New Zealand scientists have unveiled major leaps toward cutting greenhouse gas emissions from our belching sheep and cattle, with animal-safe compounds that can slash methane emissions by up to 90 per cent.

Curbing the release of methane gas from ruminant livestock, such as sheep and cattle, has been a long-standing headache among farmers and scientists.

The methane emissions amount to almost a third of the country's greenhouse gas emissions, and is the largest contributor compared with other sources.

According to the the inventory of New Zealand's greenhouse gas emissions, methane emissions from ruminants have increased by 10 per cent since 1990, and in 2003, the Government proposed the infamous agricultural emissions research levy, dubbed "fart tax", to boost research efforts.


At a conference in Palmerston North this morning, the Pastoral Greenhouse Gas Research Consortium announced new research progress from animal trials.

More than 100,000 compounds have been screened, and many thousands tested in laboratory experiments over the past several years.

To date five compounds, selected as the most promising options, had been tested on sheep and resulted in reductions of methane emissions from 30 per cent to more than 90 per cent.

Dr Rick Pridmore, the consortium's chairman and steering group member of the Manawatu-based New Zealand Agricultural Greenhouse Gas Research Centre, said the successful tests of methane inhibitors was news Kiwi farmers could "get excited about".

"The results are significant for two reasons. First, because they work on livestock consuming a grass-based diet and, second because the short-term trials showed such dramatic results," he said.

"It must be stressed that these are early days. Further trials are needed to confirm these compounds can reduce emissions in the long term, have no adverse effects on productivity and leave no residues in meat or milk.

"We are already looking to engage with a commercial partner and, all going well, we could possibly see a commercial product within five years."

Methane inhibitors were only one of several options that New Zealand scientists were pursuing to help reduce greenhouse gas emissions from agriculture, Dr Pridmore said.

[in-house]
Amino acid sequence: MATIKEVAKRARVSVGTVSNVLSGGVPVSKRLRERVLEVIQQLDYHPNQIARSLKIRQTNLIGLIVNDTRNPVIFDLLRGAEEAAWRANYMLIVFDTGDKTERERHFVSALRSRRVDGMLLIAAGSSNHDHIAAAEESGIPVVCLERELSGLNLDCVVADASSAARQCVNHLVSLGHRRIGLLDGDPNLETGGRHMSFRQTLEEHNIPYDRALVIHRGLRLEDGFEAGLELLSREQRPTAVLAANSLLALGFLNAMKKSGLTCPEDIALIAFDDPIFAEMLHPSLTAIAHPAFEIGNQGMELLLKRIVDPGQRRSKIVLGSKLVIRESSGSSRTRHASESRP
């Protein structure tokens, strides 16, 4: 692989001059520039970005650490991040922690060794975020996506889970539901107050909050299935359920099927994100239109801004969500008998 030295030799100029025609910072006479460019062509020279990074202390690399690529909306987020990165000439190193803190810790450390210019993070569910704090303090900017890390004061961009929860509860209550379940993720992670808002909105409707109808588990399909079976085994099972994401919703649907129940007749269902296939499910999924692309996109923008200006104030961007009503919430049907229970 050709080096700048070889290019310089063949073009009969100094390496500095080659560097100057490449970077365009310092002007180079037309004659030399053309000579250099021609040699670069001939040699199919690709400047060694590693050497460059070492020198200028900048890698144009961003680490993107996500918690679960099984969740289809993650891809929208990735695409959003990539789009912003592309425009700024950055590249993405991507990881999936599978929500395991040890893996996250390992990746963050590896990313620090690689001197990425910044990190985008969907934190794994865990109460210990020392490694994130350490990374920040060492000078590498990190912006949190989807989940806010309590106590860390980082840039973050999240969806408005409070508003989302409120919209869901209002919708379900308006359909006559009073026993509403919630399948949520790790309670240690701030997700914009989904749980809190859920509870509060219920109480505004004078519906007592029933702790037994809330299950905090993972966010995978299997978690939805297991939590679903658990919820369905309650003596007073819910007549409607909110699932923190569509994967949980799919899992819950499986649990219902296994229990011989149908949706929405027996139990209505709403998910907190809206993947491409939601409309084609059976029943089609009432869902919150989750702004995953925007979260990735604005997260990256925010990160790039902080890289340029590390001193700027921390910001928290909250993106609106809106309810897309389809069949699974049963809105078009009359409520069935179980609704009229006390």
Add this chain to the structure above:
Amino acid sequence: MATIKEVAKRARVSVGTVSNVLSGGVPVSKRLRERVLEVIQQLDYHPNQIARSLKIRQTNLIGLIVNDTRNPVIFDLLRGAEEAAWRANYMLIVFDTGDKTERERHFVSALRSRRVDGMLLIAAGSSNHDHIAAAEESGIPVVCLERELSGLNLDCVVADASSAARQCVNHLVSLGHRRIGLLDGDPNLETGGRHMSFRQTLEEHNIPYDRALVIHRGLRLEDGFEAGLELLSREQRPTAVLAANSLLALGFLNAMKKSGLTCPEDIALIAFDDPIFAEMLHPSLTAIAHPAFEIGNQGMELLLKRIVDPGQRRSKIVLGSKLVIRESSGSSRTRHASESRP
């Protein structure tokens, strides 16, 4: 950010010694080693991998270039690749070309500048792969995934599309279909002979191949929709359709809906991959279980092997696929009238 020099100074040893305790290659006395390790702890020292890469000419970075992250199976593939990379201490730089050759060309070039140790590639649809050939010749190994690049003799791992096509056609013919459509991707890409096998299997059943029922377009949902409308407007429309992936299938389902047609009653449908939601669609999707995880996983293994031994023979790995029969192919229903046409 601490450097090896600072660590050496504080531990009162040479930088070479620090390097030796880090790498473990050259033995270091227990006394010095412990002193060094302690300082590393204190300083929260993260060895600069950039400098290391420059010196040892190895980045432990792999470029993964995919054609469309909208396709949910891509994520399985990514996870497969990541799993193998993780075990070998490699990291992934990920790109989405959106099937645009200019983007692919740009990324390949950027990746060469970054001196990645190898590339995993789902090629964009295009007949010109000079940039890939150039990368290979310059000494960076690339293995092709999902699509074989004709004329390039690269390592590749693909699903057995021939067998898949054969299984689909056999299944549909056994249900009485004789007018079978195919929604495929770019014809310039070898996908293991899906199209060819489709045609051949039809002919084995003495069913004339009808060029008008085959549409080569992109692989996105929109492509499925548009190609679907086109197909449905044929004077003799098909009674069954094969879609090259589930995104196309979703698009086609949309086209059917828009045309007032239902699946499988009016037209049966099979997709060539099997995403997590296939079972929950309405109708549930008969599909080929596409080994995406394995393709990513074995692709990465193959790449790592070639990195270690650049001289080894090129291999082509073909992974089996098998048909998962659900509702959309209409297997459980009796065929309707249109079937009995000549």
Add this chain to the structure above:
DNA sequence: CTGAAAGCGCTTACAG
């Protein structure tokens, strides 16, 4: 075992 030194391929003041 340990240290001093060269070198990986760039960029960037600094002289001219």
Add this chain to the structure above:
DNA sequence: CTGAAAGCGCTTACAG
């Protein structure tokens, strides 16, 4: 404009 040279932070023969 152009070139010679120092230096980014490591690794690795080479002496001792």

Other approaches included breeding, developing a vaccine and specific feeds to reduce methane emissions, exploiting natural plant properties to reduce nitrous oxide emissions, and increasing the amount of carbon stored in pastoral soils.

"Breeding for reduced methane emission is progressing very well. We have shown that the trait is heritable and indications to date show no negative production impacts. The difference between high and low emitters currently is about six per cent.

"This means sheep farmers should have access to breeding value information in about two years that allows them to select for animals with lower methane emissions than the average sheep.

"Work on cattle is only starting, but based on lessons we have learnt from sheep, we hope that cattle breeding values will follow within five years."

The research was funded by the jointly industry and government backed consortium and the wholly Government-funded New Zealand Agricultural Greenhouse Gas Research Centre.

Q&A: Dr Harry Clark, New Zealand Agricultural Greenhouse Gas Research Centre

How do ruminant animals like sheep and cows actually produce methane?

"It comes from the breakdown of feed. The feeds break down in the rumen, producing carbon dioxide and hydrogen, and there is a specialised group of micro-organisms which utilises the hydrogen and carbon dioxide and makes methane. This natural process has been occurring in ruminants for millions of years."

How would these newfound compounds work?

"They basically stop the activity of the micro-organisms that are converting the carbon dioxide and hydrogen to methane. It's very simple - it kills them or severely suppresses their activity."

How promising do the early results look?

"I think what we have to do is recognise that we are at an early stage, but this is a very strong scientific breakthrough in the sense that we now have identified some compounds that when fed to animals, reduce emissions between 30 and 90 per cent. But these are short-term animal trials and now have to be repeated in longer-term animal trials, because sometimes, products may work for a few days and not work in the longer term. And we have to check they are safe for the animals and safe for the consumer."